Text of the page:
What’s worse than a painful, burning urinary tract infection? Perhaps suffering from recurring infections might be even more traumatic. Not only can the symptoms interfere with daily life, they can create a stigma and cause anxiety on an ongoing basis that makes it difficult to function. In fact, some people don’t even feel comfortable leaving the house. One question that arises, though, is what causes recurring UTIs? Can they be related to sexually transmitted infections, such as genital herpes? Or is this a completely separate issue?
What is a UTI?
A UTI is a bacterial infection (or, on occasion, a fungal infection) that occurs in one or more parts of the urinary tract, which consists of the urethra, the bladder, the ureters, and the kidneys. While the body has systems in place to help keep bacteria from entering, there are times when germs get into the urethra. In many cases, bacteria don't get any further and are cleansed during urination. However, sometimes bacteria manage to proliferate in the urethra or make their way further into the tract, leading to infection. So, with that in mind, how could genital herpes lead to a UTI?
What is genital herpes?
Genital herpes may just be the most frequent sexually transmitted disease. While many people with the infection go undiagnosed, it’s believed that about one in five Americans have contracted genital herpes. Like other herpes viruses, such as chicken pox, genital herpes rests and remains in the body forever once contracted. However, it has breakouts, at which times there are rashes and sores on and around the genitals. Those sores eventually burst and become ulcers, with pus and fluid draining from them.
As time goes on, outbreaks tend to be less severe and less frequent. However, even when the patient isn’t in the midst of an outbreak, the disease is still contagious and should take care to use protection during sex, also making their partner aware of the condition.
Herpes as a cause of UTIs
Though E. Coli is the most common cause of a urinary tract infection, other types of bacteria can cause the infection. Therefore, if a patient in the midst of a herpes breakout, with open sores that are infected, does not take care to cleanse the area properly and assure they have good hygiene, it is possible for that bacteria to transfer to the urethra and cause an infection, especially since those bacteria are not natural to the urinary tract.
More commonly, however, the onset of a genital herpes outbreak is mistaken for a UTI because symptoms are similar, rather than one being the cause of the other.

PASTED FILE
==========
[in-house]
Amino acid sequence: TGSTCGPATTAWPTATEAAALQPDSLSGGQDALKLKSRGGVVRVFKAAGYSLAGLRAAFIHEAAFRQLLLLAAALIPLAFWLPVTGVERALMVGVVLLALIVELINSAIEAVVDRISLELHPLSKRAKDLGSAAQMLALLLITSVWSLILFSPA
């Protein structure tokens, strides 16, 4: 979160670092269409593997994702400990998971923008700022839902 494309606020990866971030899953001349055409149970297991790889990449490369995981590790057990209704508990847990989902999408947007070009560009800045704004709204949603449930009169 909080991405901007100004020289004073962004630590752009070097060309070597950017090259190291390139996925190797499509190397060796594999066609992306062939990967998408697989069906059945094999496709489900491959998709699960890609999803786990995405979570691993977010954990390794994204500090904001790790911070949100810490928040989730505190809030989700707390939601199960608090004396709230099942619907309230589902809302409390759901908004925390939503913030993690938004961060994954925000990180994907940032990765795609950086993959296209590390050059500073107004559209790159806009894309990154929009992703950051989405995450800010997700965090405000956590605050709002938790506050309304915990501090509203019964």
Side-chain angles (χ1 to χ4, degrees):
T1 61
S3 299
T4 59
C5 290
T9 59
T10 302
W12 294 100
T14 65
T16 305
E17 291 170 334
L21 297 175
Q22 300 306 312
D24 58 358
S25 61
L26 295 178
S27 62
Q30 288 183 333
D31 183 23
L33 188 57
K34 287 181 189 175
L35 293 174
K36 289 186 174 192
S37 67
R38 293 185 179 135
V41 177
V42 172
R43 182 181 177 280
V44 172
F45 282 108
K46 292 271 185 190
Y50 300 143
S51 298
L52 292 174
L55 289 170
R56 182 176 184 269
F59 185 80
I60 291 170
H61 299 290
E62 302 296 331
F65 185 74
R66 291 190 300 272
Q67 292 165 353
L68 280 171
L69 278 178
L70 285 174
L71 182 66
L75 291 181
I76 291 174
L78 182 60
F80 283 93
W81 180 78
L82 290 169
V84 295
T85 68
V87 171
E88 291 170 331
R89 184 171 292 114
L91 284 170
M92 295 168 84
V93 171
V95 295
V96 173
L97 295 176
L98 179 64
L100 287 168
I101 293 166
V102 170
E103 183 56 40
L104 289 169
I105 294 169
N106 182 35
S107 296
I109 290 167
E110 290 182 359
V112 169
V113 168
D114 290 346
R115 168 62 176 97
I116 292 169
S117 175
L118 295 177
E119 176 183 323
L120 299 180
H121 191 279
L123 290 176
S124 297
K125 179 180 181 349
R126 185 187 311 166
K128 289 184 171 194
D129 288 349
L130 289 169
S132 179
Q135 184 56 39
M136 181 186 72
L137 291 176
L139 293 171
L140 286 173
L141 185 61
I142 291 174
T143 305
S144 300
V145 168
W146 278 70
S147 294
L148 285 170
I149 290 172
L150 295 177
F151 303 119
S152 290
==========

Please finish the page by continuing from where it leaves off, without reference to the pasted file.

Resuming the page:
Symptoms of UTIs and herpes
In many cases, the symptoms experienced by a patient with genital herpes resemble those of a UTI at first, which can lead to the mistaken conclusion that herpes has caused the UTI. Rather, the initial symptoms that tend to occur one or two days before the sores of an outbreak appear may mimic those of a UTI. These include:
- A burning sensation when urinating
- Painful urination
- Frequent and urgent need to urinate, as well as difficulty urinating
However, as the symptoms progress, patients with genital herpes also experience:
- Numbness nad tingling or even burning in the genital area
- Watery blisters in and around the genitals
- Tenderness and sores near the rectum
These additional sores, once burst, can take up to four weeks to heal. Throughout this time, hygiene is of the utmost importance to assure that bacteria don’t settle into these sores or transfer bacteria from them to the urethra.
Preventing genital herpes
There are plenty of ways to help reduce the risk of contracting genital herpes, most of which include various safe sex practices, since this is an STI.
- Always use a condom. Covering the infected areas can go a long way in reducing the chances of contagion.
- Know any partner’s sexual history, including if they have slept with someone who has had an STI or if they have ever contracted an STI.
- Limit the number of sexual partners and try to maintain only partners with a clean history of STIs. This is easier when practicing mutual monogamy.
- Avoid oral sex with anyone who has a cold sore, as this is another strain of herpesvirus that could be contracted on the genitals.
- Avoid sex if either partner has a current outbreak. Genital herpes can be contracted even without active sores, but it is more so when ulcers appear.
In addition, individuals can do a lot to avoid contracting a UTI.
- Wipe from front to back to avoid spreading bacteria from the anus or vaginal area to the urethra.
- Clean the genital region before and after sex.
- Urinate immediately after sex to help reduce the number of bacteria transferred into the urethra during the act.
- Don’t hold urine when the urge to go arises and empty the bladder completely with each trip to the restroom. Urinate frequently to avoid bacterial build up.
- Drink plenty of fluids, especially water, and avoid those with excess caffeine and sugar when possible.
- Take showers instead of baths to avoid sitting in the bacteria that is washed from the body.
- Don’t use scented deodorants, soaps, or douches.
About half of women and one tenth of men will experience a UTI at some point, though it may be extremely mild and not severe. In addition, about one fifth of the population has contracted genital herpes. Neither of these are pleasant, and while UTIs may be recurrent in some cases, genital herpes is chronic in all cases and cannot be cured.